Piling up Our Woes

Here are just a few situations I am aware of among fellow believers. Some I know personally and others I know from a distance. All have been forced into learning the greatness and superhuman power of God’s grace.

A successful pastor of a large church and bestselling writer who has brain cancer.
An even more succesful pastor whose wife has breast cancer and whose son, in the dregs of depression, committed suicide.
A woman and her three young sons who were left behind when her husband took off for work on his motorcycle one morning and was killed by a truck.
A man who lost his sister, mother, wife, and daughter in a single automobile accident.
A couple whose two children were born with severe mental retardation and who chose to raise them at home, feeding them, changing them, and restraining them all of their lives.
A man with rectal cancer who, after a number of painful surgeries, cannot ever go to the bathroom like a normal person again.
A man with spina bifida who from the time he was a young, has slowly curled into a wheelchair.

With the exception of the first two cases, I know all of them (and more not mentioned) personally. None have “escaped” their situations. It has been a slow burn, with the challenges having started back in the eighties. All of them to this day continue strongly in Christ. Watching them was not some type of human showcase–“A Triumph of the Human Spirit!”–as the movie billboards might say. Instead, it was the mysterious operations of grace in action. More than just surviving, which people must do every day in the face of these things, they flourished, grew, and were filled with a greater sense of divine presence than ever before.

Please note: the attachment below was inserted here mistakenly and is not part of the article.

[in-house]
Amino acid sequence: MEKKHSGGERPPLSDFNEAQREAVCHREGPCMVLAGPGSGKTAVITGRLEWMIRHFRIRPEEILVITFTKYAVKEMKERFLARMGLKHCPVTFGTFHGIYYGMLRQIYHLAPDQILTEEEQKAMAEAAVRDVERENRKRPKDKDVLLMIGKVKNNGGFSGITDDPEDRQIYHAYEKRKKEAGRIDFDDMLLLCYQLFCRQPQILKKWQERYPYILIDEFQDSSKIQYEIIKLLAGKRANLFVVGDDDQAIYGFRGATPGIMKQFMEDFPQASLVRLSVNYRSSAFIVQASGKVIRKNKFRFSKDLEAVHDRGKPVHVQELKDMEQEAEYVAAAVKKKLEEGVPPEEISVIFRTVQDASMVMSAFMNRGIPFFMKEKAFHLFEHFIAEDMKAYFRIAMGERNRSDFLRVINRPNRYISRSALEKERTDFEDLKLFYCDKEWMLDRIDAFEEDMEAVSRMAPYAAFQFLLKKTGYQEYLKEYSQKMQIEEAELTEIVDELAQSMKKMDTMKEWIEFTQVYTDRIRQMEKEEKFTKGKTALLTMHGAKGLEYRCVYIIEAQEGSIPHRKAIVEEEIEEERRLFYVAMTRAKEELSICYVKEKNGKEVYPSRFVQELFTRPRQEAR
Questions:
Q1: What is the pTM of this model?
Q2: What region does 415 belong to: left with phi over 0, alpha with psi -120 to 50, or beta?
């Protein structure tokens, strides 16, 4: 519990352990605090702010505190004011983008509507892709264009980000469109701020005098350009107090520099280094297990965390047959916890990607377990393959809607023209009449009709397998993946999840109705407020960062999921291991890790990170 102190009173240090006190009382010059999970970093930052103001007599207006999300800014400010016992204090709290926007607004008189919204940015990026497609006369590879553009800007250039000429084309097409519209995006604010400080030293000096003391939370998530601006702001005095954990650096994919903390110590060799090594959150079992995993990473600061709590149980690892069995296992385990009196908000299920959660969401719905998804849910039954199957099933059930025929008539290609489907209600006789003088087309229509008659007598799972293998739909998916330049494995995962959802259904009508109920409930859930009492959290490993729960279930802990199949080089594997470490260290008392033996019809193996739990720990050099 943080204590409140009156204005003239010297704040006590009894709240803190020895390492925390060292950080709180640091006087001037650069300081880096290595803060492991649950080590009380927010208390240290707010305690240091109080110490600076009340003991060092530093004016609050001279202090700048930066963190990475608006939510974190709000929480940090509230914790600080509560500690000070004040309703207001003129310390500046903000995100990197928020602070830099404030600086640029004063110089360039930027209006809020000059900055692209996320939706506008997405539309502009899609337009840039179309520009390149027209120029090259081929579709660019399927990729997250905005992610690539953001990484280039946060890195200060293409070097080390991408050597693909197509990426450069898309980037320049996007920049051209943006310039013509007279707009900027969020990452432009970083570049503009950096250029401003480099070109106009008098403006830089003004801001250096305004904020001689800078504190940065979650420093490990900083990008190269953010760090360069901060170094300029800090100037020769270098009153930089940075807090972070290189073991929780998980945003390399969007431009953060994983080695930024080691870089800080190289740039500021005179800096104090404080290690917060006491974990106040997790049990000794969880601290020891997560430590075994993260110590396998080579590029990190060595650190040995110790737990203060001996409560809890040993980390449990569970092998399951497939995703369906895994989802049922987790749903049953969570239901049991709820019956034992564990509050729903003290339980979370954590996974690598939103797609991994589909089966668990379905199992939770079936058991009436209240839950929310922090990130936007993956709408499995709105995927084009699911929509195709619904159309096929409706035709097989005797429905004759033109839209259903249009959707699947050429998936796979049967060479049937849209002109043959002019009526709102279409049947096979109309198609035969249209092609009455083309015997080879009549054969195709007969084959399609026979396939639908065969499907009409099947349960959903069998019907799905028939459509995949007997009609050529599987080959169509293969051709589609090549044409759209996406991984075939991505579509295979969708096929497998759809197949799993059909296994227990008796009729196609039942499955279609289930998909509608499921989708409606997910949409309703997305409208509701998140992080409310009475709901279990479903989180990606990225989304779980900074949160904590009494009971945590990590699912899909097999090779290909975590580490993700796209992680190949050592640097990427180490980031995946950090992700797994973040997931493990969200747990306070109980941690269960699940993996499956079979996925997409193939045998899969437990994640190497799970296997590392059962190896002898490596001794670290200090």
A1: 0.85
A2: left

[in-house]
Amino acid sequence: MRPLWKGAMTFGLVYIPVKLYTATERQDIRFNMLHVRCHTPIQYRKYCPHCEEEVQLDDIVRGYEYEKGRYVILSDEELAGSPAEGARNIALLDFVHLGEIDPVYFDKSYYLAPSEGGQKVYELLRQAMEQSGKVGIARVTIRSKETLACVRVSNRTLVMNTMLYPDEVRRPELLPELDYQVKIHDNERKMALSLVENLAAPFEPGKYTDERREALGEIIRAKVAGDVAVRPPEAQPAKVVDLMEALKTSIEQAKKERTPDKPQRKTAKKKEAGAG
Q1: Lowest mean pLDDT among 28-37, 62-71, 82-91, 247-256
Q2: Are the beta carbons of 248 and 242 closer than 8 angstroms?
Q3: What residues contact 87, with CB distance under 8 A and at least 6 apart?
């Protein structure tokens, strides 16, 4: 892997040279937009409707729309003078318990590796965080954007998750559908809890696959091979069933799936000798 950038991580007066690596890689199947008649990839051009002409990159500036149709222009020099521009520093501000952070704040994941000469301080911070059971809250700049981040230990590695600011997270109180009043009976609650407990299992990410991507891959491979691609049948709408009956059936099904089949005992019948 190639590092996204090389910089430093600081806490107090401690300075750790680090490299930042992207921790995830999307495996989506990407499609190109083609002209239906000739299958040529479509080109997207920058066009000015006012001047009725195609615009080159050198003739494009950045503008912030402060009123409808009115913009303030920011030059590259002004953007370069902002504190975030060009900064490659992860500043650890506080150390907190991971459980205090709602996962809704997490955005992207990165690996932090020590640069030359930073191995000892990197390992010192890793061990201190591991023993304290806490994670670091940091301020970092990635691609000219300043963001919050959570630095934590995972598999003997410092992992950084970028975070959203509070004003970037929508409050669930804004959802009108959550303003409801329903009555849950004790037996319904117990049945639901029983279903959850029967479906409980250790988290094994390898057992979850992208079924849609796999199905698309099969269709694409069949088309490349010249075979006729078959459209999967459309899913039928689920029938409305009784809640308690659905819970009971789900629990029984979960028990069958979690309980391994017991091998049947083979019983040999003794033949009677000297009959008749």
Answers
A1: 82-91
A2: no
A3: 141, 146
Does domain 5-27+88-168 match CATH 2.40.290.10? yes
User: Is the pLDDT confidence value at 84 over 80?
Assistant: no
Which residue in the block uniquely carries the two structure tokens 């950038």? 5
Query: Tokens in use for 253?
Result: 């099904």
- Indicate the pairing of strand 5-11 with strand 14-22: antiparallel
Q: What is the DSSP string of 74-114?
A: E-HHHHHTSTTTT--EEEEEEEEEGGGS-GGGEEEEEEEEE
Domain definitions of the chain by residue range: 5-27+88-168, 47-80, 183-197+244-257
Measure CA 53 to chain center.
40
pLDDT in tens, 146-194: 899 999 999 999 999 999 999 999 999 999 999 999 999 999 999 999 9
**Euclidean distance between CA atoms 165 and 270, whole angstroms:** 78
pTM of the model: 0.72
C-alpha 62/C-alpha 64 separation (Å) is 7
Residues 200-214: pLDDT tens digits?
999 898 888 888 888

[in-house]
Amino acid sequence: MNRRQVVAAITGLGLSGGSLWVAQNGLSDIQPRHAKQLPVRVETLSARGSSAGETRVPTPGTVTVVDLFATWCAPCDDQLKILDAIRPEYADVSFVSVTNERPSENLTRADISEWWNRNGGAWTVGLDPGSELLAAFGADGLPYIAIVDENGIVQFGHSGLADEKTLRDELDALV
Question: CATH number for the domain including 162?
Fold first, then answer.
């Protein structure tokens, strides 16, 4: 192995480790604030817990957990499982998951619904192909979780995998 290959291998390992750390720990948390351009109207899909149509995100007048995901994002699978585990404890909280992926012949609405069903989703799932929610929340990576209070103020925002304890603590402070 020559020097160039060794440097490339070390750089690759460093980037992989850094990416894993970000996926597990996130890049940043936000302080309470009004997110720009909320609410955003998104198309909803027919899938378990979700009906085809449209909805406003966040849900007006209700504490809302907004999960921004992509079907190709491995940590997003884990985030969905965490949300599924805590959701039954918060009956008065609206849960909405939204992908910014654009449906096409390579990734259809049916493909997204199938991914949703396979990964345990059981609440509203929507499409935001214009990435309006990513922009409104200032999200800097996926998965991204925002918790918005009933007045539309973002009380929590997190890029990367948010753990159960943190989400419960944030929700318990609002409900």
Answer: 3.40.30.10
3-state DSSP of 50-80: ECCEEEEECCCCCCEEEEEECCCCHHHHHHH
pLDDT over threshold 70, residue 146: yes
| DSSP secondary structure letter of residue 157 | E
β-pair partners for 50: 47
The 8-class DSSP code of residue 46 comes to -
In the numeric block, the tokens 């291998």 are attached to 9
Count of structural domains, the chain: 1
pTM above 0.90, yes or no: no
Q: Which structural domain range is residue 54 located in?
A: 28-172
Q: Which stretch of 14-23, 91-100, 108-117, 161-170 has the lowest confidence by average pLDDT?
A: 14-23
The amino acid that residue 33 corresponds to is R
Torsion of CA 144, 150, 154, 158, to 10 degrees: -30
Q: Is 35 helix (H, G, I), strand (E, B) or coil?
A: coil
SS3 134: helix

I wonder if Christian confidence, then, is founded on a confidence not only in God’s protection, but in God’s grace. For sure if He can say, “My grace is sufficient for you,” we can say it along with him.

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